An expat in Vancouver first impressions: food

I’ve only been in Vancouver a week, so as the post title states these are first impressions. We’ll see how they stand up to time.


Vancouver is practically synonymous with diversity, and much of that comes from Asia. Yes, Chinese noodle houses and Japanese sushi joints are ubiquitous. But within walking distance to my condo I can also get Ukrainian borscht, Malay roti, Montreal smoked meat, Lebanese falafal, Indian Korma, Korean BBQ and more, as well as the usual pizza, tacos and burgers. The presence of this diversity doesn’t mean it is all good (or hygienic). Just that it’s there.


In Portland, it goes without saying at almost any modern eatery that the food is locally sourced, seasonal and organic. Even chain groceries like Safeway and Albertson’s are giving organic more than lip service. In Vancouver, that ethos is present but not a given. More often than not the Asian grocery stand, while carrying almost everything you’d need in a kitchen from Japanese boiled chestnuts to Italian tomatoes, will not carry organic produce. Vegan is fringe; compare that to Portland where the Oregonian’s FoodDay has a vegan columnist.

Chinese influence

The most striking immediate change on the scene is the great Chinese food. The demand for excellent dumplings, seafood, noodles, vegetables and, it must be said, viscera, from the many Chinese from the PRC, Hong Kong, Taiwan as well as Canadians of Chinese descent, benefits us all. On our first night we were driven by hunger to a drab, unesthetically lit noodle joint in a non-descript mall in the nearby municipality of Richmond (almost 50 percent Chinese) for a simple and authentic meal of shrimp dumplings, “fish tofu”, noodles, gai lan in broth that comforted and sated.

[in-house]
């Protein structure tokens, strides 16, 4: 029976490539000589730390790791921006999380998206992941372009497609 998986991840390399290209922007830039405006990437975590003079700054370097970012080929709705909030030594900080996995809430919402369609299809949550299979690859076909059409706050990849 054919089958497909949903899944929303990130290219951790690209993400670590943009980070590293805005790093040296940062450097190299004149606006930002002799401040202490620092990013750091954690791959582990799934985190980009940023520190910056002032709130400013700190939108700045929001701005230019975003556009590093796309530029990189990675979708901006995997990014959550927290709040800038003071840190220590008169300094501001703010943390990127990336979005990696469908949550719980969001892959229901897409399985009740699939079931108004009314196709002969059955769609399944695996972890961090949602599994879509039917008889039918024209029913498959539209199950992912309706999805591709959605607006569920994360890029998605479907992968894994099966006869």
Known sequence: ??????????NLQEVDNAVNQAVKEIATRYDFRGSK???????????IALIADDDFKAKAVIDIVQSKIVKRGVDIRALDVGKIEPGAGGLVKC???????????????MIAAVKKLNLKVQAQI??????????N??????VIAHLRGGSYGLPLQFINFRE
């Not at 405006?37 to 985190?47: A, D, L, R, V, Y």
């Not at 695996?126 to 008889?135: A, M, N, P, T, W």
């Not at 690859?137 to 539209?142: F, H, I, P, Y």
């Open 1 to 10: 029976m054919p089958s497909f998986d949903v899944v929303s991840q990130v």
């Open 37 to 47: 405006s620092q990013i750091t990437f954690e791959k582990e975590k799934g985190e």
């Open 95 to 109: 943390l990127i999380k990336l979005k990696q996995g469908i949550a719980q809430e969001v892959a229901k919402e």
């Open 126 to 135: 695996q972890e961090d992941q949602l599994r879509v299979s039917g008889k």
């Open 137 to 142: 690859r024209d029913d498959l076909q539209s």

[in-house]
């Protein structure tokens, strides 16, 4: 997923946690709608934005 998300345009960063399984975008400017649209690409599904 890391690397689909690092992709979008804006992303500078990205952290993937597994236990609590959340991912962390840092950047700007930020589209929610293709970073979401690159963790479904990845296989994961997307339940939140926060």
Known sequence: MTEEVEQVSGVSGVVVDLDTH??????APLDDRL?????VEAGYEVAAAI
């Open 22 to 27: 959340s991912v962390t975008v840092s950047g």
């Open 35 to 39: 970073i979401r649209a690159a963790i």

Now I need to track down one of those dim sum food carts I’ve heard about.

About kmazz

I spend as much time as possible pursuing my interests in global culture, photography, arts and politics.
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2 Responses to An expat in Vancouver first impressions: food

  1. U know who says:

    price per meal relative to portland? In which city is a 5-meal rampage more enjoyable?

  2. kmazz says:

    Portland is hard to beat in NorthAm for top value at low cost. But give me more time here and I’ll respond more fully.

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